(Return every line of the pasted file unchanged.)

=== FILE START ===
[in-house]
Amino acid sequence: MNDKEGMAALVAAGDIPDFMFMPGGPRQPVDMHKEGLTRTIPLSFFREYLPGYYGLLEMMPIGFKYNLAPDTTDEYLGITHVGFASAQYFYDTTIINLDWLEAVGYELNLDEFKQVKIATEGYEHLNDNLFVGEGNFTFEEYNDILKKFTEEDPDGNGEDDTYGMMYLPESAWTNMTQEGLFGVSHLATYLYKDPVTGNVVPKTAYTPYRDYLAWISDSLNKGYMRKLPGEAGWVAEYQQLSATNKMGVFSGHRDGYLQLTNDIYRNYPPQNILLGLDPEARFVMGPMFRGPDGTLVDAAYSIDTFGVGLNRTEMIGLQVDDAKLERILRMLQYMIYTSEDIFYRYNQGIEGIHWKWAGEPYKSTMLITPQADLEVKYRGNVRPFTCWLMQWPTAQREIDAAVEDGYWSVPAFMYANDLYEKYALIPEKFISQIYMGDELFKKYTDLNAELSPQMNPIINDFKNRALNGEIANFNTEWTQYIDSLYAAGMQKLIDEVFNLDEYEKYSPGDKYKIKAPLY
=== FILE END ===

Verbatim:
[in-house]
Amino acid sequence: MNDKEGMAALVAAGDIPDFMFMPGGPRQPVDMHKEGLTRTIPLSFFREYLPGYYGLLEMMPIGFKYNLAPDTTDEYLGITHVGFASAQYFYDTTIINLDWLEAVGYELNLDEFKQVKIATEGYEHLNDNLFVGEGNFTFEEYNDILKKFTEEDPDGNGEDDTYGMMYLPESAWTNMTQEGLFGVSHLATYLYKDPVTGNVVPKTAYTPYRDYLAWISDSLNKGYMRKLPGEAGWVAEYQQLSATNKMGVFSGHRDGYLQLTNDIYRNYPPQNILLGLDPEARFVMGPMFRGPDGTLVDAAYSIDTFGVGLNRTEMIGLQVDDAKLERILRMLQYMIYTSEDIFYRYNQGIEGIHWKWAGEPYKSTMLITPQADLEVKYRGNVRPFTCWLMQWPTAQREIDAAVEDGYWSVPAFMYANDLYEKYALIPEKFISQIYMGDELFKKYTDLNAELSPQMNPIINDFKNRALNGEIANFNTEWTQYIDSLYAAGMQKLIDEVFNLDEYEKYSPGDKYKIKAPLY